by David Geelan | 11 May 2022 |
To be honest, I’m not 100% sure what I think about “cancel culture.” Often when I sit down to write for Adventist Today I have a fairly clear idea of the conclusion I hope to share, or at least the question I want to leave you with. On this topic, I’m writing to help myself think it through. Perhaps, at least, my thought processes will be helpful to you too… even if we end up coming to different conclusions.
“Cancel culture” is the name given to the practice of publicly shunning, and possibly “deplatforming” someone who is judged to have said or done something unacceptable. I should note that, in this piece, I’m mostly talking about speech and discussion, rather than about actions. Perhaps in a future discussion I’ll explore the “canceling” of people like Harvey Weinstein or Ghislain Maxwell for abuse they’ve actually perpetrated on people.
I worry a little bit about the term itself. It seems to me to come from, and be used by, the same sort of voices that talk negatively about “political correctness” and “virtue signaling.” I’d argue that “political correctness” is a label given to the desire to be as inclusive as possible in the language we use in order to show respect to all people, including those most unlike us, and what is described as “virtue signaling” is often simply acting, thinking and speaking in virtuous ways. The notion of virtues almost seems old-fashioned, yet it seems to me foundational to trying to make the world a better place.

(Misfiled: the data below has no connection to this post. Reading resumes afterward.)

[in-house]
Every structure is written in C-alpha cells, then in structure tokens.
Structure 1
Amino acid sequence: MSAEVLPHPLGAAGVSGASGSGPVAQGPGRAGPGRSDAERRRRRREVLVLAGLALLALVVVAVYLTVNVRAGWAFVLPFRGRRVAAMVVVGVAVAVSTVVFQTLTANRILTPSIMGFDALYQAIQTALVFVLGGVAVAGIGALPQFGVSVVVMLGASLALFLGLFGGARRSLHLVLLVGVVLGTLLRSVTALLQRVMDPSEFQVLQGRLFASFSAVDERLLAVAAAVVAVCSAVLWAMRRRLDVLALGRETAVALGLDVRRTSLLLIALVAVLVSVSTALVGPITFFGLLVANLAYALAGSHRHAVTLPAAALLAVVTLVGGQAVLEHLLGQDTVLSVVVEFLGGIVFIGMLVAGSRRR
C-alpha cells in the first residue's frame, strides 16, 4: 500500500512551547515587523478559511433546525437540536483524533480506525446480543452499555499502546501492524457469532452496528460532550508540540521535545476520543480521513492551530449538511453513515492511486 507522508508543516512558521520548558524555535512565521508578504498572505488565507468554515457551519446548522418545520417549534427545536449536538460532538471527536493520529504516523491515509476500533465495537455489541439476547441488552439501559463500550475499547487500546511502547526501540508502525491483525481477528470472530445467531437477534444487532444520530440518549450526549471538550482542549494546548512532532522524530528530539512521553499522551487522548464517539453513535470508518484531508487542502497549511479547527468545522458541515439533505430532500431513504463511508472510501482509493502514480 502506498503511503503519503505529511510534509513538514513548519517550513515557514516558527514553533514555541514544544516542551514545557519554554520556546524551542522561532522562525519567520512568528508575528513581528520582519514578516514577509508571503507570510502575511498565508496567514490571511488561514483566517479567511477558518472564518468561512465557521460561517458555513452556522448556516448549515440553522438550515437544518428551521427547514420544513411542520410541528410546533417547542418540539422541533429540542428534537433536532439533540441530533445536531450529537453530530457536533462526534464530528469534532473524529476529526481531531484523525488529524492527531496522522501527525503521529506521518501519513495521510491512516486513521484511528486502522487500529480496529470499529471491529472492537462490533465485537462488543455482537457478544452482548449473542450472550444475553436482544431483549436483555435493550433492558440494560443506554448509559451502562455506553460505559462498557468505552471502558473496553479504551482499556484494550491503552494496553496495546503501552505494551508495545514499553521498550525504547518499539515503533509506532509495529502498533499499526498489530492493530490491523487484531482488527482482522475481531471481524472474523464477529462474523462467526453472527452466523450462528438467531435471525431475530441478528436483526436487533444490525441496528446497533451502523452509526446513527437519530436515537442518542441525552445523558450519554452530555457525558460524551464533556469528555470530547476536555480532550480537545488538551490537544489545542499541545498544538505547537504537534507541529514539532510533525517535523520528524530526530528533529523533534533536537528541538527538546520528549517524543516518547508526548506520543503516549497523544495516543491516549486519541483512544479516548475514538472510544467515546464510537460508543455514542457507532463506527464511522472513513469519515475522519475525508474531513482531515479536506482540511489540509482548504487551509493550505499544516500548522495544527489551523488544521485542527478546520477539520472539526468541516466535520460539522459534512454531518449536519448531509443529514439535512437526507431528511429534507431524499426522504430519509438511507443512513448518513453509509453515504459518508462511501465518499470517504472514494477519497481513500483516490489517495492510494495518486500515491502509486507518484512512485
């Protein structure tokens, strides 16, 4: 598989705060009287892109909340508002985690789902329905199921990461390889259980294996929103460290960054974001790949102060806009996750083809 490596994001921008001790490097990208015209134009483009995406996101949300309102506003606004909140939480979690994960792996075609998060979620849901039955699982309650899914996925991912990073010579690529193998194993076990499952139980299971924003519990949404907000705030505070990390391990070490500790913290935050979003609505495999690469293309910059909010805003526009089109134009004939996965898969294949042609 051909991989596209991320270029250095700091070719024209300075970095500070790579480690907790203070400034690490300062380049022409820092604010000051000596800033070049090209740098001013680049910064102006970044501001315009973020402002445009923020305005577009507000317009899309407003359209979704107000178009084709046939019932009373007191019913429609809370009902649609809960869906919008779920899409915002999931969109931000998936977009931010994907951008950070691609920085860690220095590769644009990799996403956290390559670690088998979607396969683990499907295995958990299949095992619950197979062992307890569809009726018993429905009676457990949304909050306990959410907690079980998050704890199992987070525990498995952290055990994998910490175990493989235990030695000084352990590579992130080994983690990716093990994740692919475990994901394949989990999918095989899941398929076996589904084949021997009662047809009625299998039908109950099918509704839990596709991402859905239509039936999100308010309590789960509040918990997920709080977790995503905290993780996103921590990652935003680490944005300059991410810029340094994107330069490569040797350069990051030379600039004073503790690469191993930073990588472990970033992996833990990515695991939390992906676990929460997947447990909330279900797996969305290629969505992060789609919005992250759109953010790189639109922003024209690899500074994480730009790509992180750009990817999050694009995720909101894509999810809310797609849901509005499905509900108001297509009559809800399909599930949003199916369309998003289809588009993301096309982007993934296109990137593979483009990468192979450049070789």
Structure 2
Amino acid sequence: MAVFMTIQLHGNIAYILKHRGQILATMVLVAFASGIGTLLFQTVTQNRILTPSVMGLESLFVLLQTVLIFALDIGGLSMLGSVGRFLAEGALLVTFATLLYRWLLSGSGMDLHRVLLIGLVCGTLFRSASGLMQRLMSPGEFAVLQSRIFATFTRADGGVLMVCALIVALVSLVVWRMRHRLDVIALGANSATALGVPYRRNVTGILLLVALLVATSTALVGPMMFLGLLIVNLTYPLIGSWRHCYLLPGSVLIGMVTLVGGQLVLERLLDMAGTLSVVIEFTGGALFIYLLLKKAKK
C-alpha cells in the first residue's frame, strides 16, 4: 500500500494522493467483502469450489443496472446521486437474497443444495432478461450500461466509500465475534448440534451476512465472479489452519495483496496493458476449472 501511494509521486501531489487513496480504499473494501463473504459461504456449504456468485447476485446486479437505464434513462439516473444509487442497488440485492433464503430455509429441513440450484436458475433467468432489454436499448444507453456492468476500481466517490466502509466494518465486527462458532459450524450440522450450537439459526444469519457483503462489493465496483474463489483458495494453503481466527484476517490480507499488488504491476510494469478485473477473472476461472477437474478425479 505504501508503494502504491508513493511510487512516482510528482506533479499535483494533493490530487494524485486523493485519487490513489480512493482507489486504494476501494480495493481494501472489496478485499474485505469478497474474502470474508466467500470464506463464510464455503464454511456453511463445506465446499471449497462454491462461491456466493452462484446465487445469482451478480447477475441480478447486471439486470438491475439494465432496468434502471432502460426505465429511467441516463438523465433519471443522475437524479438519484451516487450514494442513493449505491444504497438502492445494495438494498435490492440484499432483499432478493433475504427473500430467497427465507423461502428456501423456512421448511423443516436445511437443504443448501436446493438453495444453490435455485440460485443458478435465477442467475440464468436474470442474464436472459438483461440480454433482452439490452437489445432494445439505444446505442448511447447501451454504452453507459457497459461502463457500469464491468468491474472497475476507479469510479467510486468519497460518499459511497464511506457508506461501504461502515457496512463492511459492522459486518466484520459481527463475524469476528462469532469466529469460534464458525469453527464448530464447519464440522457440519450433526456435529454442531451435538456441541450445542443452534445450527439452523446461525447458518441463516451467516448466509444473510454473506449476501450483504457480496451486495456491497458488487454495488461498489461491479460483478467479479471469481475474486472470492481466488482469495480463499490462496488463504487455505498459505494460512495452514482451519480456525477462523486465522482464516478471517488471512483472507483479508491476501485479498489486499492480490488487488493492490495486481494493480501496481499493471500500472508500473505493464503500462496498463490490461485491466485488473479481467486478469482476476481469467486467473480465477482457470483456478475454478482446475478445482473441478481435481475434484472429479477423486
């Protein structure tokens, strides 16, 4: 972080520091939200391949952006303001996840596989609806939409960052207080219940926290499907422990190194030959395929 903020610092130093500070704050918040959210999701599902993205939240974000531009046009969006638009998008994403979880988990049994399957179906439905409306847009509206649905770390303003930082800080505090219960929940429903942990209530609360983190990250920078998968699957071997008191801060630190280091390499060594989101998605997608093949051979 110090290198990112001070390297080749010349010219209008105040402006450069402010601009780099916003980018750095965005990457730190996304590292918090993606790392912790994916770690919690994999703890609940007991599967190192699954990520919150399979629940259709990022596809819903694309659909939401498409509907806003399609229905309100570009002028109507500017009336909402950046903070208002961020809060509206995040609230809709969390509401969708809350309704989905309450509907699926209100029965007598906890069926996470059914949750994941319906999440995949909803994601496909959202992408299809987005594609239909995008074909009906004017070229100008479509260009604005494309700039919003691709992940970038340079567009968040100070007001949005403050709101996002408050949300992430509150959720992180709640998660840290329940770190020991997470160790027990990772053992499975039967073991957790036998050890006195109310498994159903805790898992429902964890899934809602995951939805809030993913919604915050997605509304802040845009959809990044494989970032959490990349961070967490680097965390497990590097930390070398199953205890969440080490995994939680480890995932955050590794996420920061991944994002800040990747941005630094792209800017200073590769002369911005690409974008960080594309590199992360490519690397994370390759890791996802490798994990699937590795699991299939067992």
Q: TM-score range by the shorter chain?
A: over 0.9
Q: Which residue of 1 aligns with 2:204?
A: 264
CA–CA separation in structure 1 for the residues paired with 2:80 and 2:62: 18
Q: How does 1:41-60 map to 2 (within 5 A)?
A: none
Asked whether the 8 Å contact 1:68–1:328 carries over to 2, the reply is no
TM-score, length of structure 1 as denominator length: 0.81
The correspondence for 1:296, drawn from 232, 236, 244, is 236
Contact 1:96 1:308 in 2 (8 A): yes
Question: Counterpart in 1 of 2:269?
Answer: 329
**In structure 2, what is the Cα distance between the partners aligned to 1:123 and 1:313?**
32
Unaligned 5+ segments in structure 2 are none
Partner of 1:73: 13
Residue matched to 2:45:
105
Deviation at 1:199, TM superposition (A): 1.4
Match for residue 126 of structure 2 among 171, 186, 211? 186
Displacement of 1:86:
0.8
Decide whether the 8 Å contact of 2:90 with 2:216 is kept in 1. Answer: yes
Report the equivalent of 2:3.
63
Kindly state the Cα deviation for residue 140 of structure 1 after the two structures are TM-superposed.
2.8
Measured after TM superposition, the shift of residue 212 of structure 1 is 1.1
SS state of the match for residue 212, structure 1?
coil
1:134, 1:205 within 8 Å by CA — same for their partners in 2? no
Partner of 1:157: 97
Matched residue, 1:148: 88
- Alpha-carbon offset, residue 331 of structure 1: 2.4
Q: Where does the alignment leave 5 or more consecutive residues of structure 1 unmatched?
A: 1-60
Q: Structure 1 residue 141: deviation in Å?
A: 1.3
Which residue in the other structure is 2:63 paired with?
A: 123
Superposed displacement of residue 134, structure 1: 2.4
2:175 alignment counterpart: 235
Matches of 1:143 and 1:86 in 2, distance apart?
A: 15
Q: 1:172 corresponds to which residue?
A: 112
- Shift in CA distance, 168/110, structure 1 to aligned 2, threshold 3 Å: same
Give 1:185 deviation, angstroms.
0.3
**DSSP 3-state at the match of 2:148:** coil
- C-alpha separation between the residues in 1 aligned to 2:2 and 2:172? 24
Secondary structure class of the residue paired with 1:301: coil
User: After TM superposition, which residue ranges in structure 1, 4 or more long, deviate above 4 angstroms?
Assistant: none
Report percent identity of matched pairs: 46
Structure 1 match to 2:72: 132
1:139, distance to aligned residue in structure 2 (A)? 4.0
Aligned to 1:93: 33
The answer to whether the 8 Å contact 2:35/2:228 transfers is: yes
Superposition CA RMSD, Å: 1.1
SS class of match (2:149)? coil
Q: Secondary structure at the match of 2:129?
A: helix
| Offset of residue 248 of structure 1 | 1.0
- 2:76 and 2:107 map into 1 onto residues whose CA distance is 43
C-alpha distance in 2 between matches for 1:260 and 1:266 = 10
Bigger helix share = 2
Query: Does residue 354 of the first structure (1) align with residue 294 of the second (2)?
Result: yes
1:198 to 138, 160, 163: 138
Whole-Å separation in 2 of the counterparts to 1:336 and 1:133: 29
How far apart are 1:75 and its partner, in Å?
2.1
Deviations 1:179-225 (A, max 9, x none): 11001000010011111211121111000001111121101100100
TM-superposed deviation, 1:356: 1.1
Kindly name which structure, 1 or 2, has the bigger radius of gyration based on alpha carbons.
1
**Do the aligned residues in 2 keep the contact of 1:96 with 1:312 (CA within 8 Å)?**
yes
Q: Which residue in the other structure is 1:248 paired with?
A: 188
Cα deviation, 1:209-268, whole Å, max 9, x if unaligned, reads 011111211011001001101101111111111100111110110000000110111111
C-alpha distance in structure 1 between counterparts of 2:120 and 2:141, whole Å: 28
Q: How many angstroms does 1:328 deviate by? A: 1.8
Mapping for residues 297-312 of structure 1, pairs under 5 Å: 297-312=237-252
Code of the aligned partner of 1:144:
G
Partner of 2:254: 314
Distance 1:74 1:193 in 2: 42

Who and how
Anyway, I’ve digressed a bit, but one way to analyze a new terminology is to look at who uses it and how. When the people who speak most about “cancel culture” are the people who are decrying it, not those advocating it, and when often those people are also championing things like white supremacy or transphobia, it worries me. “Cancel culture” is often defined as being in opposition to (absolute) free speech.
Free speech is widely misunderstood, and you’ve probably already heard and read enough clarifications, so I won’t go into it too much. Free speech means that the government should, where possible, not curtail speech, especially political speech. It does not guarantee someone a platform at a particular place or in a particular medium. You may legally express an opinion, but Adventist Today or the New York Times is not required to publish it, nor Twitter, or a university campus host it and give it prominence.